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Wimbledon 2021: Can British tennis shake off unwanted tag of being ‘too white, male and posh’?

“Tennis is an elitist sport. The majority of people involved are white and the majority are white men.”

This view from Miles Daley, a 28-year-old black tennis coach from Hackney, is one held by many people in Britain.

The statistics provided by the Lawn Tennis Association (LTA), the sport’s governing body, reinforce some of those opinions.

The LTA says it recognizes the need to make tennis more representative of British communities and, having recently published its inclusion strategy,external-link wants to still do more to “change the perception of the sport”.

“We need to make sure we can ensure representation is seen at each and every level of the sport,” says Scott Lloyd, chief executive of the LTA.

“Our mission is to open tennis up and ensure it can be played and enjoyed by anyone, no matter their age, background or ability.”

‘We need to see more color in the sport’

Daley coaches children in Newham and says he uses his individuality – wearing Nike Jordan trainers, Beats headphones and an NBA vest – to break the mold of what youngsters might think are “normal” tennis coaches.

“I think it is important for people to see that not everyone dresses the same, looks the same, acts the same on court. I’m always looking slightly different,” he says.

When he started playing tennis at school, Daley was the “only black kid or kid of colour, period.”

Although he says it was “predominantly children of colour” when he later joined Hackney City Tennis Clubs – which provides coaching and competition across one of London’s multi-cultural boroughs – racial homogeneity returned when he started playing at a higher level.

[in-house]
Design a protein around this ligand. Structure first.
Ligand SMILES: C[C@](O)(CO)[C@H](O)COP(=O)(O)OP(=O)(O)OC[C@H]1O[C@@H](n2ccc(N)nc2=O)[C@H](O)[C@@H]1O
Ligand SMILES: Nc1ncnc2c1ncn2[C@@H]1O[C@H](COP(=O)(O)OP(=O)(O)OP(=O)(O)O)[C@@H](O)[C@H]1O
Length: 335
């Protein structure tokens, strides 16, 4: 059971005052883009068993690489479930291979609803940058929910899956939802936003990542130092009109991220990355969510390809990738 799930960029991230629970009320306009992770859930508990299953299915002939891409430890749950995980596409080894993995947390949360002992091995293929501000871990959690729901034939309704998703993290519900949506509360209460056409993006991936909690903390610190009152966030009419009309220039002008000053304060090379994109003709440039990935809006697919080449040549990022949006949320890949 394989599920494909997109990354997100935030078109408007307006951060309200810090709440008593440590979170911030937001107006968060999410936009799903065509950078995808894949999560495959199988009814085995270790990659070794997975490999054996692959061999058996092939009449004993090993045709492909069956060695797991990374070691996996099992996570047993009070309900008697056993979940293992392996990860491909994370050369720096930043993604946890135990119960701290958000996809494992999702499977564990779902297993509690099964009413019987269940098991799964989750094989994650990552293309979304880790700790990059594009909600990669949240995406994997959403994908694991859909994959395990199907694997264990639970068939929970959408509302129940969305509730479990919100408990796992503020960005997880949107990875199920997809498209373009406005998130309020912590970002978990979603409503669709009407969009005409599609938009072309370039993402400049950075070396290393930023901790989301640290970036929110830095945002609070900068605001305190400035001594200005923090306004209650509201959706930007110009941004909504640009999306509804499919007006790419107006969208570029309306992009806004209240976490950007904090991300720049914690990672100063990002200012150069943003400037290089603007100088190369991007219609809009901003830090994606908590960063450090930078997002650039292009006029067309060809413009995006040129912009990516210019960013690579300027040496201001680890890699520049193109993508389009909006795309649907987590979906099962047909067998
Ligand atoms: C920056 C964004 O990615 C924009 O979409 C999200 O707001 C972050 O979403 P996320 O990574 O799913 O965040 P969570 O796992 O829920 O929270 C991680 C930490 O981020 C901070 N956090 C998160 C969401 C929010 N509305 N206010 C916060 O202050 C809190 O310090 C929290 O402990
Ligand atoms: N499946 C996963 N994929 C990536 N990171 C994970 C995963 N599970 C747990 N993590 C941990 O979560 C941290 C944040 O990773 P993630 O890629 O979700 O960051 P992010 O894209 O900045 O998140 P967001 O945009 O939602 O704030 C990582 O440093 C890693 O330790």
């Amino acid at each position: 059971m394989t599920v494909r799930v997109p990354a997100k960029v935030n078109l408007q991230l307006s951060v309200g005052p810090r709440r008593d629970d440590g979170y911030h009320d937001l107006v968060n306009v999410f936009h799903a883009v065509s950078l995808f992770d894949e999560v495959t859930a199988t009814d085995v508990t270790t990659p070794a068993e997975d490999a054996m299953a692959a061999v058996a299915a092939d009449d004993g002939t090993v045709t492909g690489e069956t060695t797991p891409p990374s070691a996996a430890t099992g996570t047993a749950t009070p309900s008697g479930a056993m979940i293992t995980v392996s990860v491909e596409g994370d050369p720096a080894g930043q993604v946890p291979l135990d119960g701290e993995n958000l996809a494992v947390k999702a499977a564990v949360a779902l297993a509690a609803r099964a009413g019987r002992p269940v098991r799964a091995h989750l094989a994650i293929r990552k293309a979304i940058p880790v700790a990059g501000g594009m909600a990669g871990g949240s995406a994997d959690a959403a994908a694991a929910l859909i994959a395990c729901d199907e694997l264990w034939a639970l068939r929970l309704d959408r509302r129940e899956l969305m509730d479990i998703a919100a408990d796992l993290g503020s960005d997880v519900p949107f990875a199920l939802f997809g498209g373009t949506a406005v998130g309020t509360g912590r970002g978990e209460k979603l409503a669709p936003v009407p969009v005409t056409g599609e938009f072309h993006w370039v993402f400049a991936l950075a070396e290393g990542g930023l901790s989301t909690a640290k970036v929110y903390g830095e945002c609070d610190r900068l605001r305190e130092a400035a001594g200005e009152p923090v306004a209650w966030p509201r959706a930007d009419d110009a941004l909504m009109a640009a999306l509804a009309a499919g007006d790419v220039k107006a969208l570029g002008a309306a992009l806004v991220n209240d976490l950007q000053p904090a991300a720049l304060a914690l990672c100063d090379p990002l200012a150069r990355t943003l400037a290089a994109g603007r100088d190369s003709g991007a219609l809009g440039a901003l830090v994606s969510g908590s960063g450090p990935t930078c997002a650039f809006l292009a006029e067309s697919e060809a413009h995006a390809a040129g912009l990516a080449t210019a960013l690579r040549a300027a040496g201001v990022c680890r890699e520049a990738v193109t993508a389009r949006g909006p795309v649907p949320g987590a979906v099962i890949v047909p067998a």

“When I left that hub and went to the clubs and tournaments, and even came into contact with coaches, it wasn’t very diverse.

“I didn’t see anyone like me playing the game. It wasn’t the nicest thing.”

Daley says he was encouraged to try other sports instead of tennis as a child: athletics because he was fast, or football because it was “easier to do.”

Today, he says he is still not completely comfortable as a black man in the sport and feels microaggressions exist.

“Tennis needs voices that are not saying ‘everything is OK’. Because everything isn’t OK,” he says.

“We need to widen the pool from which we can pick and, importantly, ensure people stay in the sport longer. Then it will become more representative from playing level to leadership roles.

“We need to see more, for lack of a better word, color because it is very white.”

Uma Iyer, a 41-year-old Indian woman who coaches in Edinburgh, agrees.

She says her daughter Aadya is “one of two brown kids” in her Under-12s national group, despite describing the Scottish capital as having a “big Indian crowd”.

Uma Iyer, seen here coaching at her club in Edinburgh, is working with the LTA as part of its inclusion, diversity, equity and accessibility (IDEA) group. The group includes almost 50 other people from diverse backgrounds within the sport

“In her school class there are 25 to 30 kids, with about 10 of them of Indian or south Asian descent. There are Indian kids here but they aren’t finding their way through to tennis,” she says.